Consolation & Desolation

It’s easy to misunderstand the Ignatian principles of consolation and desolation. Ignatius introduces these concepts as means to discern the spirits, the movements of God in my life. We often use these terms casually, referring to simple “highs and lows” of our day, or moments of happiness and sadness. While those daily realities and emotions are important to pay attention to, consolation and desolation, in Ignatian terms, are different and much more nuanced.

Ignatius defines consolation as “when some interior movement in the soul is caused, through which the soul comes to be inflamed with love of its Creator and Lord.” He defines desolation as the opposite—as the soul being disturbed and agitated, “without hope, without love, when one finds oneself all lazy, tepid, sad, and as if separated from his Creator and Lord.” What’s important to note is that both consolation and desolation have to do with one’s relationship with God. There is a spiritual orientation. At the end of each Jesuitical podcast, the hosts have a segment where they talk about their “consolations and desolations” from the past week. What they share certainly has import in their lives, but it’s not always directly connected to their relationship with God or their purpose in God; sometimes it’s just about moments of joy or sadness. And that’s fine, but it’s not the consolation and desolation Ignatius is talking about.

William Barry, SJ says that consolation is “a spiritual reality with relationship in faith to God’s love.” He references a moment from Ignatius’ autobiography when Ignatius experienced a moment of consolation while looking out at the stars. “This stirring is different from the professional awe and wonder of an astronomer,” Barry writes. Rather, the moment oriented Ignatius’ whole being toward the love and service of God. “When doing so he felt within himself a powerful urge to be serving our Lord,” Ignatius writes about himself in the Autobiography.

The Lens of the Principle and Foundation
This is a key connection to the Principle and Foundation, which states that our purpose is to love and serve God by sharing that transforming love with the world. Everything—absolutely everything—in the Ignatian worldview, should be oriented toward this: our use of created things, our relationships, and our choices and actions. The Principle and Foundation is the lens through which we see everything. When we understand this, we can say that consolation is when we feel our life fully connected with the context of the Principle and Foundation, when all seems oriented toward our purpose of loving God and neighbour. Desolation, on the other hand, is an unawareness or uncertainty of how our life fits within the context of the Principle and Foundation. Desolation can be a conscious or subconscious resistance to loving God or to God’s love. It’s not just negativity or feeling “down”, though that can be a symptom. Other symptoms may be dryness in prayer, little desire to go to church or a Bible study, or a sense of distance from God. Symptoms of consolation may include happiness, joy, love, peace, or elation, but it may also include tears or sorrow, so long as you find yourself moving toward God. Kevin O’Brien, SJ writes, “Sometimes an experience of sadness, loneliness, or restlessness is a moment of conversion and intimacy with God and others. Times of human suffering can be moments of grace.” To put it in traditional terms, desolation moves you toward “earthly” things and consolation moves you toward “heavenly” things.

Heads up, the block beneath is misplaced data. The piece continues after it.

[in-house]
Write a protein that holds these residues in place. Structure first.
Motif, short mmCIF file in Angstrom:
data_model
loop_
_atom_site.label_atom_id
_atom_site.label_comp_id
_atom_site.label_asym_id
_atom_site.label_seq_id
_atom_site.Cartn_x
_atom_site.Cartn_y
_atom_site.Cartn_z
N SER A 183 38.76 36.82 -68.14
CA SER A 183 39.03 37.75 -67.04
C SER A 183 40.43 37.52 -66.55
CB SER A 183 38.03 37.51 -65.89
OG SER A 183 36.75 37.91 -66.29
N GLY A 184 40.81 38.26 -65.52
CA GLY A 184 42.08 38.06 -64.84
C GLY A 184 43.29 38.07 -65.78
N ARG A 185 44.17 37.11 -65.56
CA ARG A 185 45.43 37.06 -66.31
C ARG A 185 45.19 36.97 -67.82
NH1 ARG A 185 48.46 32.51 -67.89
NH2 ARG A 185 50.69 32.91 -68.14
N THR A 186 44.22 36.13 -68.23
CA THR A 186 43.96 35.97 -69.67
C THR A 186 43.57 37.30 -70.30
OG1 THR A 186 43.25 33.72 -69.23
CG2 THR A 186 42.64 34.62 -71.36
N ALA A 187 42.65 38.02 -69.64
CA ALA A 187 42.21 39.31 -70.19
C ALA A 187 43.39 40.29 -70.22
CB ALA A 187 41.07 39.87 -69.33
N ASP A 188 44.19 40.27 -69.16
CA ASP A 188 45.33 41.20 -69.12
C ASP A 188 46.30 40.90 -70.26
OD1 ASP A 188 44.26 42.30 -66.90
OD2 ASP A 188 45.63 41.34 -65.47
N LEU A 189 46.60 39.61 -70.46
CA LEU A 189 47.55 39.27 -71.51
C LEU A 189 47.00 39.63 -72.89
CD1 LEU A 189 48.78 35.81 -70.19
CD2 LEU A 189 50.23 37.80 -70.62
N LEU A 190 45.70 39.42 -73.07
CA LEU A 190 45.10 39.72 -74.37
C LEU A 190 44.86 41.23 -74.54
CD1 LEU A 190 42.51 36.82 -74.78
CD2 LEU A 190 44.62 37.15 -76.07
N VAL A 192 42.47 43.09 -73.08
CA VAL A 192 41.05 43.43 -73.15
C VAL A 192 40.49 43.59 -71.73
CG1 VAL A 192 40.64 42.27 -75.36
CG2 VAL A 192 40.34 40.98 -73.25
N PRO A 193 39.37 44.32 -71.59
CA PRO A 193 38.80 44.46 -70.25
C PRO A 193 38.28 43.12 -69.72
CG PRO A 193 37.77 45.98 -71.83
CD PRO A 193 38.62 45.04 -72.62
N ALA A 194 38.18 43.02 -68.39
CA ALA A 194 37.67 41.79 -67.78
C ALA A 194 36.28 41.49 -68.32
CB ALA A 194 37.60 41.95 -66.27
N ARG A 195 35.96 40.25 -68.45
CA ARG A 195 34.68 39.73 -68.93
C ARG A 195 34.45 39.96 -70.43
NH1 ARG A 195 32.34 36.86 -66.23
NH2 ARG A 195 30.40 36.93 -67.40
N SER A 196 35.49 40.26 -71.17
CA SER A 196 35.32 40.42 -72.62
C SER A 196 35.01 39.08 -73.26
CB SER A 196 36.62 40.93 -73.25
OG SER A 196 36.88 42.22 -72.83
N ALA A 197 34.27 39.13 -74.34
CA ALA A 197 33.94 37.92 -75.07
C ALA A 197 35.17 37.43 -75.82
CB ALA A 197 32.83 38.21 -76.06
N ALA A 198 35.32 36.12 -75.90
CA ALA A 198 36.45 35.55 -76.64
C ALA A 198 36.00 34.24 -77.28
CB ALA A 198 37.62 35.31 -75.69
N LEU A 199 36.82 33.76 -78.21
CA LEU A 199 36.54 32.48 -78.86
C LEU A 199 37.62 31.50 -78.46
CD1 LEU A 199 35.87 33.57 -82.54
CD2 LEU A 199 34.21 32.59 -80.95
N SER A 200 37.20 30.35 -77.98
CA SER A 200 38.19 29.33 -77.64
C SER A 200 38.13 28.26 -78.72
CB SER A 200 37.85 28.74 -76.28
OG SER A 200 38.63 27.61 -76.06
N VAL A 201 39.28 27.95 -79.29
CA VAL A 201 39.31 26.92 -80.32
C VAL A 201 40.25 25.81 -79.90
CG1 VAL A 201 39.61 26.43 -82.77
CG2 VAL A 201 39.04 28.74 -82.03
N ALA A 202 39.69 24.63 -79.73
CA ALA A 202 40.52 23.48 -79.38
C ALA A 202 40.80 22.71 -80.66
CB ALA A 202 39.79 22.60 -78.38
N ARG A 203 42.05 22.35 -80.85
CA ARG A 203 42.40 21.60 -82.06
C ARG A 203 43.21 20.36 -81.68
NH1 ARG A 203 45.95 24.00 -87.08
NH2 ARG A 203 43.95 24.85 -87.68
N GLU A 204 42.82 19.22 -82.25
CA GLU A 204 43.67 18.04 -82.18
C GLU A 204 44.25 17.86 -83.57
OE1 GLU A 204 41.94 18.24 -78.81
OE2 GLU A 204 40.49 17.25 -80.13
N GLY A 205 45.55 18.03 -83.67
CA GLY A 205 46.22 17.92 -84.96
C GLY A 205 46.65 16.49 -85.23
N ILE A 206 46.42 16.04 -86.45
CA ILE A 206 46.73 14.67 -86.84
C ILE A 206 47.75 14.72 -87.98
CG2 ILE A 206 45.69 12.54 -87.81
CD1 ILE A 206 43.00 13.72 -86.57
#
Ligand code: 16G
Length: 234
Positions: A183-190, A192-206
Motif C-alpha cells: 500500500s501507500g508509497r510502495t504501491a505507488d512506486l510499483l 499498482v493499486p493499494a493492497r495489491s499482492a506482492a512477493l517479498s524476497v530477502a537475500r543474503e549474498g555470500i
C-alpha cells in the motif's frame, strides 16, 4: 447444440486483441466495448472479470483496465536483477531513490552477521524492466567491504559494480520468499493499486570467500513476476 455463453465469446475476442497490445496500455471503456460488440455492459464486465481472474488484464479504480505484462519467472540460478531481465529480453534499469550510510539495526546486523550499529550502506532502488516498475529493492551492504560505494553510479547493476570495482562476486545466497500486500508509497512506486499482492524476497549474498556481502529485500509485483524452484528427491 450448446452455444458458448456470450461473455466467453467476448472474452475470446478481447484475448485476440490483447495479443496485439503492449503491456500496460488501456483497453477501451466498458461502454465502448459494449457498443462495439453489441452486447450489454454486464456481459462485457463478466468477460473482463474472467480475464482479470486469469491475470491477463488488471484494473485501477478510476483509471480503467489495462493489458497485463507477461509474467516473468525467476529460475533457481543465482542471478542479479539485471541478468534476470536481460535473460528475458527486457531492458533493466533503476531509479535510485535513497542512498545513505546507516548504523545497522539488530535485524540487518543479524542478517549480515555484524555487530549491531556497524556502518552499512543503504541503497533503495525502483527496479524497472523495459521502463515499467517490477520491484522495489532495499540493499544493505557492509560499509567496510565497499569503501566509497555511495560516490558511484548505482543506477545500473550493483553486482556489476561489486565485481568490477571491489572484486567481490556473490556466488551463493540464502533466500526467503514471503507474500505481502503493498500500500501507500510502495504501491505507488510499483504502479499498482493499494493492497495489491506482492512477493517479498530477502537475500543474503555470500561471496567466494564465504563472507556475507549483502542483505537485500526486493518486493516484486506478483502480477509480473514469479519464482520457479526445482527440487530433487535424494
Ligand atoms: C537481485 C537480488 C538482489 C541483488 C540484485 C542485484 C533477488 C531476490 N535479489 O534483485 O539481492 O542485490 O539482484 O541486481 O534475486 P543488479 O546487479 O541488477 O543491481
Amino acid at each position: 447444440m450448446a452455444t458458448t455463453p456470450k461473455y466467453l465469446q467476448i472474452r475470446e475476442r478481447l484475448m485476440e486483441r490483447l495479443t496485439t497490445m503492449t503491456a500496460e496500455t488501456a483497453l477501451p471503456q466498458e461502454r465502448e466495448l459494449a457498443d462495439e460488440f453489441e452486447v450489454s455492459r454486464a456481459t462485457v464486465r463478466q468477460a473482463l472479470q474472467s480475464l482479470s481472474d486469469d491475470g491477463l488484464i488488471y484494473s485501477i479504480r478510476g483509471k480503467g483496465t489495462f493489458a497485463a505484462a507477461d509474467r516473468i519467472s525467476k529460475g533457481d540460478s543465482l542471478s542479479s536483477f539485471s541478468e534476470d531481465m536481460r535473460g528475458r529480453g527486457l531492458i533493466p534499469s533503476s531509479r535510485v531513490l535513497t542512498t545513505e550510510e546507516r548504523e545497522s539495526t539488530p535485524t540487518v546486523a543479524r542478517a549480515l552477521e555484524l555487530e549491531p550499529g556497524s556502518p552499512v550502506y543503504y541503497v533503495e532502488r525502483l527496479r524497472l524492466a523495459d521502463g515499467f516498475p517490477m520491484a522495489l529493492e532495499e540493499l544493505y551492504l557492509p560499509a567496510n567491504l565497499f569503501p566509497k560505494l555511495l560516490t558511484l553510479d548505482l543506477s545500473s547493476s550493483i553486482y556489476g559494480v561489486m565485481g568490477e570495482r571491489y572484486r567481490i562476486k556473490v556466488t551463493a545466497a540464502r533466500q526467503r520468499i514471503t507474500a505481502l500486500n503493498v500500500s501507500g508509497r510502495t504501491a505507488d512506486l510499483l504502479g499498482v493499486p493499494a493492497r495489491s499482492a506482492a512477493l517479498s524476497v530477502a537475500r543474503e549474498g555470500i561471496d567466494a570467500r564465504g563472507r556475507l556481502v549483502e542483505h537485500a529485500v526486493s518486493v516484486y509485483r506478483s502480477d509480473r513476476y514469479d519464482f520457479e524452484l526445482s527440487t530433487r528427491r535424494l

In the Flow
Consider the many parts of your life that are intentionally oriented toward love of God and neighbour: volunteering, being a parent, spiritual reading, going to church, daily prayer, or spiritual conversation with a loved one, to name a few. Those things will flow naturally when you’re in a place of consolation but not so easily when in desolation. To put it simply: orientation toward God is natural in consolation, but not in desolation. Are you in the flow toward God and love? When you recognise that you’re in a state of desolation, Ignatius reverses things and says, do those spiritual things nonetheless! Don’t let desolation have the last word. It’s temporary. It’s kind of life how science has shown that just smiling can make you feel happy, even when you’re not. You need not wait to be in consolation to do those God-oriented things. Doing those things can lead you back to a sense of closeness with God.

It is easy to use these terms, consolation and desolation, when we discuss the particulars of our life like our career or partner or the kind of house we have, what we have or don’t have. That is more about happiness and sadness, joy and depression. Consolation and desolation instead have everything to do with God and our sense of the relationship. Is it close or distant? Rich or dry? Fulfilling or bland? Now career, relationship, and where we live can have spiritual significance, but the key word is spiritual. How do my career, relationship, and living situation sit within the context of the Principle and Foundation, my relationship with God, my purpose in God?

I may not always be aware I am in a state of consolation or desolation. The Examen can help me look at my daily activities and highs and lows through the lens of faith to discover where these things are moving me and how they’re orienting me. I may discover an ebb and flow of consolation and desolation throughout my day as I make choices and take actions. Day by day, through attentiveness to these movements, the language of discernment begins to make more sense, helping me in both daily decisions and larger life-decisions I may later encounter.

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